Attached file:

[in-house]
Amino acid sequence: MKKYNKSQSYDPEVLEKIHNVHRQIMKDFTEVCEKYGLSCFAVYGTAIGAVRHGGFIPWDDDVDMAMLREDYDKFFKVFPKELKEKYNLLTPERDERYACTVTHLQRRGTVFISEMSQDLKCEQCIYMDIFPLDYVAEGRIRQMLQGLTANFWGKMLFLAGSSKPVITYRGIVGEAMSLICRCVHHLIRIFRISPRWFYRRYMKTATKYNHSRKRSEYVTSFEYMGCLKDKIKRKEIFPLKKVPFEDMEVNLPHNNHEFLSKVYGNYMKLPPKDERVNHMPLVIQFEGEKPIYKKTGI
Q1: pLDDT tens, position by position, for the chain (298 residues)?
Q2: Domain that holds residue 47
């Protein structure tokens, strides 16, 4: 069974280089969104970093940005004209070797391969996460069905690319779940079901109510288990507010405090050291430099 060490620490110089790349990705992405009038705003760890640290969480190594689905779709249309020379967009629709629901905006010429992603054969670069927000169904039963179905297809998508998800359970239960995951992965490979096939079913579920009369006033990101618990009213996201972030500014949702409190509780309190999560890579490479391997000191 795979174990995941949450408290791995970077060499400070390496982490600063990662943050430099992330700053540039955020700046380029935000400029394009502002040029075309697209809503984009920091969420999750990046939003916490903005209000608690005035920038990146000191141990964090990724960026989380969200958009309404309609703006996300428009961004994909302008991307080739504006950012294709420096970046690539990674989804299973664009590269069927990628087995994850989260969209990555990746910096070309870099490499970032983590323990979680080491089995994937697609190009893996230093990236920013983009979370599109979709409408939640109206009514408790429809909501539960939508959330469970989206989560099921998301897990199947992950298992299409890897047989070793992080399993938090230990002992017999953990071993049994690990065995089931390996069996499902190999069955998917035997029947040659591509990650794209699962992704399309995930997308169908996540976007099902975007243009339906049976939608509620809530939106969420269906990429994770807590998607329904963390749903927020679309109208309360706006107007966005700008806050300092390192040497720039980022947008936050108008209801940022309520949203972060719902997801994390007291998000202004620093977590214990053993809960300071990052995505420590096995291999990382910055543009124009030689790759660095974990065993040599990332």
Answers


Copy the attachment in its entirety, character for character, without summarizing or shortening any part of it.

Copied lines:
[in-house]
Amino acid sequence: MKKYNKSQSYDPEVLEKIHNVHRQIMKDFTEVCEKYGLSCFAVYGTAIGAVRHGGFIPWDDDVDMAMLREDYDKFFKVFPKELKEKYNLLTPERDERYACTVTHLQRRGTVFISEMSQDLKCEQCIYMDIFPLDYVAEGRIRQMLQGLTANFWGKMLFLAGSSKPVITYRGIVGEAMSLICRCVHHLIRIFRISPRWFYRRYMKTATKYNHSRKRSEYVTSFEYMGCLKDKIKRKEIFPLKKVPFEDMEVNLPHNNHEFLSKVYGNYMKLPPKDERVNHMPLVIQFEGEKPIYKKTGI
Q1: pLDDT tens, position by position, for the chain (298 residues)?
Q2: Domain that holds residue 47
């Protein structure tokens, strides 16, 4: 069974280089969104970093940005004209070797391969996460069905690319779940079901109510288990507010405090050291430099 060490620490110089790349990705992405009038705003760890640290969480190594689905779709249309020379967009629709629901905006010429992603054969670069927000169904039963179905297809998508998800359970239960995951992965490979096939079913579920009369006033990101618990009213996201972030500014949702409190509780309190999560890579490479391997000191 795979174990995941949450408290791995970077060499400070390496982490600063990662943050430099992330700053540039955020700046380029935000400029394009502002040029075309697209809503984009920091969420999750990046939003916490903005209000608690005035920038990146000191141990964090990724960026989380969200958009309404309609703006996300428009961004994909302008991307080739504006950012294709420096970046690539990674989804299973664009590269069927990628087995994850989260969209990555990746910096070309870099490499970032983590323990979680080491089995994937697609190009893996230093990236920013983009979370599109979709409408939640109206009514408790429809909501539960939508959330469970989206989560099921998301897990199947992950298992299409890897047989070793992080399993938090230990002992017999953990071993049994690990065995089931390996069996499902190999069955998917035997029947040659591509990650794209699962992704399309995930997308169908996540976007099902975007243009339906049976939608509620809530939106969420269906990429994770807590998607329904963390749903927020679309109208309360706006107007966005700008806050300092390192040497720039980022947008936050108008209801940022309520949203972060719902997801994390007291998000202004620093977590214990053993809960300071990052995505420590096995291999990382910055543009124009030689790759660095974990065993040599990332």
Answers